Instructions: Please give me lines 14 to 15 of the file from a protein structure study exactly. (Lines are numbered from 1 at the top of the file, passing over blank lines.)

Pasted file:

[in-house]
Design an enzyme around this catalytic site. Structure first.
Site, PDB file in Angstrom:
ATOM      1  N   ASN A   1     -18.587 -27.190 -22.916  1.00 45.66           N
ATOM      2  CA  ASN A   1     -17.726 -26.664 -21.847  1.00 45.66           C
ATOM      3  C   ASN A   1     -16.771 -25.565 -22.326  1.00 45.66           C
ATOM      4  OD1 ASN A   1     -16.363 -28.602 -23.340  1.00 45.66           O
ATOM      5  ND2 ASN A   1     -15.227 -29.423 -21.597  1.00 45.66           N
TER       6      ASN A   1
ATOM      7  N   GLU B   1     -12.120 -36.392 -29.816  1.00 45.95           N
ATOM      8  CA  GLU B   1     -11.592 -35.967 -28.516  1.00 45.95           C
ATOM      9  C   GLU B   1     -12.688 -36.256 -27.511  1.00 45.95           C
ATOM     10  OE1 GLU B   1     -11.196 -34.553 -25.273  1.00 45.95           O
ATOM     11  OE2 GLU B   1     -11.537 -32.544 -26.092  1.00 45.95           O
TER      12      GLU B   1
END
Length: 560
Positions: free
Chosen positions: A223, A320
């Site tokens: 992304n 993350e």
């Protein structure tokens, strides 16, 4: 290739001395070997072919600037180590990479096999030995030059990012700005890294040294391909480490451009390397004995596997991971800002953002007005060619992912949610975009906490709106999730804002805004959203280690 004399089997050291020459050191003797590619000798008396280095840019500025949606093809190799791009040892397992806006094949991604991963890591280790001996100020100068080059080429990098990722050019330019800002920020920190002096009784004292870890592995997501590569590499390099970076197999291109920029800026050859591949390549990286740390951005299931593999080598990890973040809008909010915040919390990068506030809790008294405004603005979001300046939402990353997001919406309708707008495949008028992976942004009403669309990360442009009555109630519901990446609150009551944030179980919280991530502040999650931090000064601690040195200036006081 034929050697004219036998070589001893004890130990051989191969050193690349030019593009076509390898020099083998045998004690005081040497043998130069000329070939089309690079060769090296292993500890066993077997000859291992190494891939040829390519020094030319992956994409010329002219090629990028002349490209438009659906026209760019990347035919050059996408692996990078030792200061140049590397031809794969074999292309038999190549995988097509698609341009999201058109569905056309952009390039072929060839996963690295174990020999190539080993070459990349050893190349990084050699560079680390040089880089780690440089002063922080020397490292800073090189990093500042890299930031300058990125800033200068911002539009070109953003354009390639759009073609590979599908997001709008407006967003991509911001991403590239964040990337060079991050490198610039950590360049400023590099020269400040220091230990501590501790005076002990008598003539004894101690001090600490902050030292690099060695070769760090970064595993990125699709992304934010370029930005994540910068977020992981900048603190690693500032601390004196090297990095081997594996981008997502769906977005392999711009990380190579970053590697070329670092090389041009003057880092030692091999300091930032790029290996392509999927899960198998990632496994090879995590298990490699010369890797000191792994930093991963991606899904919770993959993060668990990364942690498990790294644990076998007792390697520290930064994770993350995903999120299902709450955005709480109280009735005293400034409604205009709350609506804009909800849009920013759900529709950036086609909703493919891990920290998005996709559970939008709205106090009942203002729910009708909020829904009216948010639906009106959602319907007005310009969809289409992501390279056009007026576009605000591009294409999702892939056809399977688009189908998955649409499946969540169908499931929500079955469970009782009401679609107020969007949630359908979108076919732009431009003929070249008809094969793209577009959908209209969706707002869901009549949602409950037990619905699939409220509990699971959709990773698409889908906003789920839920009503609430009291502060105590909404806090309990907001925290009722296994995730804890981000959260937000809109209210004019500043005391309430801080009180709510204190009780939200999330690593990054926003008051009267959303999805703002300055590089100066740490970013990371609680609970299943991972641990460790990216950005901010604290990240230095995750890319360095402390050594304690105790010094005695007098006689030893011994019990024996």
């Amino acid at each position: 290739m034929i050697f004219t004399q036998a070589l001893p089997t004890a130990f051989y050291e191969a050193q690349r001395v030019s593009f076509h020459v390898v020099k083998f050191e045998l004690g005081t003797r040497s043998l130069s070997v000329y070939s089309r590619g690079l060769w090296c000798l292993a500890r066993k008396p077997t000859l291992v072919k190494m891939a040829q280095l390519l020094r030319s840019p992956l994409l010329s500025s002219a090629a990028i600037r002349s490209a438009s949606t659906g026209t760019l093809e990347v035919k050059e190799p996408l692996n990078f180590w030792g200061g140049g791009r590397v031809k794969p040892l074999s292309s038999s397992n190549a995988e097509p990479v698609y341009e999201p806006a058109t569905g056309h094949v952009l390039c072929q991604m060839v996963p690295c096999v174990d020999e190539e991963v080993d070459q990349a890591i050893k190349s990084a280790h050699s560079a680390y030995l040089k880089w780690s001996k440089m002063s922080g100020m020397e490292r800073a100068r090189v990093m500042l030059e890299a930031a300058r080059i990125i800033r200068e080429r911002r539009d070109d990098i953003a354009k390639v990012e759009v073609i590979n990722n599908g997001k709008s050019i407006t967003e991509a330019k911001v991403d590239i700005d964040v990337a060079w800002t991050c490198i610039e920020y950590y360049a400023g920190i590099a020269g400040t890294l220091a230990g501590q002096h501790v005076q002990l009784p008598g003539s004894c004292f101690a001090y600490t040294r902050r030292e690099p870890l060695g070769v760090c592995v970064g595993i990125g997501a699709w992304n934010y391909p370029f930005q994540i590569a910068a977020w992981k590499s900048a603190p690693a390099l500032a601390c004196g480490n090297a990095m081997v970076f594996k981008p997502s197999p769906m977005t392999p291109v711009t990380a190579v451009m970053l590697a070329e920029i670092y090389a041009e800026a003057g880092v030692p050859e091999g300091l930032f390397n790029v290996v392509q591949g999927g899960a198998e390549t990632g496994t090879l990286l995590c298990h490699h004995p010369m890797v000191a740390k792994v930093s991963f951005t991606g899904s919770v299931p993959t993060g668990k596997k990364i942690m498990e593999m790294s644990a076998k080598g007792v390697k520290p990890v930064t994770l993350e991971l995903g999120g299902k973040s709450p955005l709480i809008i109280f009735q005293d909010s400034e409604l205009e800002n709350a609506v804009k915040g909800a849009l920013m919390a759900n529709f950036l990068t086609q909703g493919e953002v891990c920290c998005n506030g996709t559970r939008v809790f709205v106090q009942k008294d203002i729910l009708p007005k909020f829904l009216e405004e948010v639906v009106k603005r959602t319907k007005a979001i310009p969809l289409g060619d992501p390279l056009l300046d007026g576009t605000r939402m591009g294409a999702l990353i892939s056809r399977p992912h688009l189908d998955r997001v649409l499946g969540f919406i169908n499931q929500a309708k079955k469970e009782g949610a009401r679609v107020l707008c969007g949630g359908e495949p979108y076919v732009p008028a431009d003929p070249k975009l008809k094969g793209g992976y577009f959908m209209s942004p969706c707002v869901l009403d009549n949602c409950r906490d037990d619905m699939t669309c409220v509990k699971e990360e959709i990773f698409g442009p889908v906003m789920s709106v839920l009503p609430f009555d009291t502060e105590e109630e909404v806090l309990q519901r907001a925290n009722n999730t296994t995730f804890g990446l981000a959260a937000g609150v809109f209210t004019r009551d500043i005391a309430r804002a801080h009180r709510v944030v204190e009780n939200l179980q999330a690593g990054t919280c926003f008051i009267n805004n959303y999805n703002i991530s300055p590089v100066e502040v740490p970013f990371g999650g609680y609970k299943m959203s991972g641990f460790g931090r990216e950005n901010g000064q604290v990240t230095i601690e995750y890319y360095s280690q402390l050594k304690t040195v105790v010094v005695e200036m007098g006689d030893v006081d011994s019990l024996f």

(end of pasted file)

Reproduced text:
ATOM     11  OE2 GLU B   1     -11.537 -32.544 -26.092  1.00 45.95           O
TER      12      GLU B   1